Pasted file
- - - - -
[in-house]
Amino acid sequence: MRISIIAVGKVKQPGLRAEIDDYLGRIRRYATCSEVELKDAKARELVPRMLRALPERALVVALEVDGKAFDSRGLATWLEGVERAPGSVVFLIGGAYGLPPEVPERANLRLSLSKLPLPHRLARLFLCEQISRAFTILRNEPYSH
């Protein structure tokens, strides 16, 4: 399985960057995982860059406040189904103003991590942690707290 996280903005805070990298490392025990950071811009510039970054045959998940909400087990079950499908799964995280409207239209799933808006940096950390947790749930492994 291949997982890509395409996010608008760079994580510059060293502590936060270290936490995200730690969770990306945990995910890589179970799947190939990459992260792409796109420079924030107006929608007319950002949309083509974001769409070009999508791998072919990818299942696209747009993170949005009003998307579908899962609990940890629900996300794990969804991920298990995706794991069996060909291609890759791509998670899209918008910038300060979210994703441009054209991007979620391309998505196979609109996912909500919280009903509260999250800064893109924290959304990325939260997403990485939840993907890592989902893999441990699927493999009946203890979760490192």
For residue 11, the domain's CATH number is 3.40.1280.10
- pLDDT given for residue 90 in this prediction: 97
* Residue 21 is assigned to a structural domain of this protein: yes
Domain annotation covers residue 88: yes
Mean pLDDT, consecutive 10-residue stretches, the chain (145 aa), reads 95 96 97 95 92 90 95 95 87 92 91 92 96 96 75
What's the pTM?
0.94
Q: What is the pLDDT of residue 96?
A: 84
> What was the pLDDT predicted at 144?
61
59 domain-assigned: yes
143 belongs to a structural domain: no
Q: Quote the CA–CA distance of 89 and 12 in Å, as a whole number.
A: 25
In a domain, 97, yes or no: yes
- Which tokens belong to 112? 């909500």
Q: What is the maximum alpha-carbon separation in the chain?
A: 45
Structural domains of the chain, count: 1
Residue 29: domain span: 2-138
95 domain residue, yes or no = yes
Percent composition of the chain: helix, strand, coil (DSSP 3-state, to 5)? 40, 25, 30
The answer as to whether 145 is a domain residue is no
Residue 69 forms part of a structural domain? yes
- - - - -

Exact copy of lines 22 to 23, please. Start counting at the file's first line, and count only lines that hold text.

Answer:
A: 45
Structural domains of the chain, count: 1